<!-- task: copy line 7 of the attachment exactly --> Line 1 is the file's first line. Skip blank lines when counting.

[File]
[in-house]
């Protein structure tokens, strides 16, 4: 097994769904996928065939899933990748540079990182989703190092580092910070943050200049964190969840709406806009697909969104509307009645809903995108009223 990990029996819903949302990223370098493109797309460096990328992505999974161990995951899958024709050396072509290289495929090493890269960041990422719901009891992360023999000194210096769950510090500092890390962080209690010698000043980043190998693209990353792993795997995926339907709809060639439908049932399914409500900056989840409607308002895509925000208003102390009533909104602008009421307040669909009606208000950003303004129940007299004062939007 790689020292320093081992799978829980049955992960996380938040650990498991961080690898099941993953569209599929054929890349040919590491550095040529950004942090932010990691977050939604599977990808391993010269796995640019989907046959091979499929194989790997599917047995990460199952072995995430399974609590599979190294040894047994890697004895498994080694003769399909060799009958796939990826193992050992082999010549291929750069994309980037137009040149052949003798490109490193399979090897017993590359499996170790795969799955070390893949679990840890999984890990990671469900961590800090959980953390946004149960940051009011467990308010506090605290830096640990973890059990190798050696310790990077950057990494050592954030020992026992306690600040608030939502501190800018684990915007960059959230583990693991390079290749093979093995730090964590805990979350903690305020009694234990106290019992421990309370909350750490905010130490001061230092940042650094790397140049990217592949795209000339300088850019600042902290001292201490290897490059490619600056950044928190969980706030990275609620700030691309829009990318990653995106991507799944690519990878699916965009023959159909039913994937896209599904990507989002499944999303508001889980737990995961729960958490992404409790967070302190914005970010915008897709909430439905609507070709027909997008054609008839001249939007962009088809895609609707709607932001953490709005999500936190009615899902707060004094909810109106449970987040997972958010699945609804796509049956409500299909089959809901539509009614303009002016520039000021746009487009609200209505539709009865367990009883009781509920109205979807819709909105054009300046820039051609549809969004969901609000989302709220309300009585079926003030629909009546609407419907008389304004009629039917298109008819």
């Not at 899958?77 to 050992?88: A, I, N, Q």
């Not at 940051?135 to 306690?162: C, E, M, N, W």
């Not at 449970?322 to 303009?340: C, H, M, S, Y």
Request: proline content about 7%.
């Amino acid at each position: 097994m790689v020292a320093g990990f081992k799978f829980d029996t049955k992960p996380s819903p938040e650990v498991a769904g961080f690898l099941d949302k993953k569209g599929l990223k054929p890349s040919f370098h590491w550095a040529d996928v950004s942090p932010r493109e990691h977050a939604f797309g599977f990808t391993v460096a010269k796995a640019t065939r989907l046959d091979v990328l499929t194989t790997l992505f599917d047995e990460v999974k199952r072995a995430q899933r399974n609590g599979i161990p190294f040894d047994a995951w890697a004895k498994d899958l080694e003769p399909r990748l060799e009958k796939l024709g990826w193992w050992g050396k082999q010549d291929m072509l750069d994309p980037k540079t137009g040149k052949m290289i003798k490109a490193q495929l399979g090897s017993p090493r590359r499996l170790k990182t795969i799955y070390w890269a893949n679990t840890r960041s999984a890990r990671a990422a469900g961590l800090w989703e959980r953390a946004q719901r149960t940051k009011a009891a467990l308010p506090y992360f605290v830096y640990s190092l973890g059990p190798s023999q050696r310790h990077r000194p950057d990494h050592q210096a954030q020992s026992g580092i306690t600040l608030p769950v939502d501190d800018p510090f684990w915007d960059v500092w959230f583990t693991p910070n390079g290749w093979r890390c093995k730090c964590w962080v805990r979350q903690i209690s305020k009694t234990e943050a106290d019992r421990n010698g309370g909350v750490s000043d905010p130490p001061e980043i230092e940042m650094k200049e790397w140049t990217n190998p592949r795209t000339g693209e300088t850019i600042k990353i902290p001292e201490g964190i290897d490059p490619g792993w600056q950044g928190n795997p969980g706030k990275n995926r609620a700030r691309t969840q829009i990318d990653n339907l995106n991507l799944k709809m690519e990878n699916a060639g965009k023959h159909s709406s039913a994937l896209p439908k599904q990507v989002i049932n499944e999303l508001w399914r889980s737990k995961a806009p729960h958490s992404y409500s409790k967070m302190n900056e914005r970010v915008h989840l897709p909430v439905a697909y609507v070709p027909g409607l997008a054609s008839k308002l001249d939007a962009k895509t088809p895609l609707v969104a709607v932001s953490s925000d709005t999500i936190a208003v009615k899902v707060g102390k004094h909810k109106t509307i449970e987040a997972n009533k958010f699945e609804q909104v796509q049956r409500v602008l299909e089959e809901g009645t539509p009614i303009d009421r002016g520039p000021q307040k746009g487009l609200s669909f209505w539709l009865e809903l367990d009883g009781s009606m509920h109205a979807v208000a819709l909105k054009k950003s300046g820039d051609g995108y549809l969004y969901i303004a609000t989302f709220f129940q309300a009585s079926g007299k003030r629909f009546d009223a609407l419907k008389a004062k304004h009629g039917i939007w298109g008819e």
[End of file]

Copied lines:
């Amino acid at each position: 097994m790689v020292a320093g990990f081992k799978f829980d029996t049955k992960p996380s819903p938040e650990v498991a769904g961080f690898l099941d949302k993953k569209g599929l990223k054929p890349s040919f370098h590491w550095a040529d996928v950004s942090p932010r493109e990691h977050a939604f797309g599977f990808t391993v460096a010269k796995a640019t065939r989907l046959d091979v990328l499929t194989t790997l992505f599917d047995e990460v999974k199952r072995a995430q899933r399974n609590g599979i161990p190294f040894d047994a995951w890697a004895k498994d899958l080694e003769p399909r990748l060799e009958k796939l024709g990826w193992w050992g050396k082999q010549d291929m072509l750069d994309p980037k540079t137009g040149k052949m290289i003798k490109a490193q495929l399979g090897s017993p090493r590359r499996l170790k990182t795969i799955y070390w890269a893949n679990t840890r960041s999984a890990r990671a990422a469900g961590l800090w989703e959980r953390a946004q719901r149960t940051k009011a009891a467990l308010p506090y992360f605290v830096y640990s190092l973890g059990p190798s023999q050696r310790h990077r000194p950057d990494h050592q210096a954030q020992s026992g580092i306690t600040l608030p769950v939502d501190d800018p510090f684990w915007d960059v500092w959230f583990t693991p910070n390079g290749w093979r890390c093995k730090c964590w962080v805990r979350q903690i209690s305020k009694t234990e943050a106290d019992r421990n010698g309370g909350v750490s000043d905010p130490p001061e980043i230092e940042m650094k200049e790397w140049t990217n190998p592949r795209t000339g693209e300088t850019i600042k990353i902290p001292e201490g964190i290897d490059p490619g792993w600056q950044g928190n795997p969980g706030k990275n995926r609620a700030r691309t969840q829009i990318d990653n339907l995106n991507l799944k709809m690519e990878n699916a060639g965009k023959h159909s709406s039913a994937l896209p439908k599904q990507v989002i049932n499944e999303l508001w399914r889980s737990k995961a806009p729960h958490s992404y409500s409790k967070m302190n900056e914005r970010v915008h989840l897709p909430v439905a697909y609507v070709p027909g409607l997008a054609s008839k308002l001249d939007a962009k895509t088809p895609l609707v969104a709607v932001s953490s925000d709005t999500i936190a208003v009615k899902v707060g102390k004094h909810k109106t509307i449970e987040a997972n009533k958010f699945e609804q909104v796509q049956r409500v602008l299909e089959e809901g009645t539509p009614i303009d009421r002016g520039p000021q307040k746009g487009l609200s669909f209505w539709l009865e809903l367990d009883g009781s009606m509920h109205a979807v208000a819709l909105k054009k950003s300046g820039d051609g995108y549809l969004y969901i303004a609000t989302f709220f129940q309300a009585s079926g007299k003030r629909f009546d009223a609407l419907k008389a004062k304004h009629g039917i939007w298109g008819e």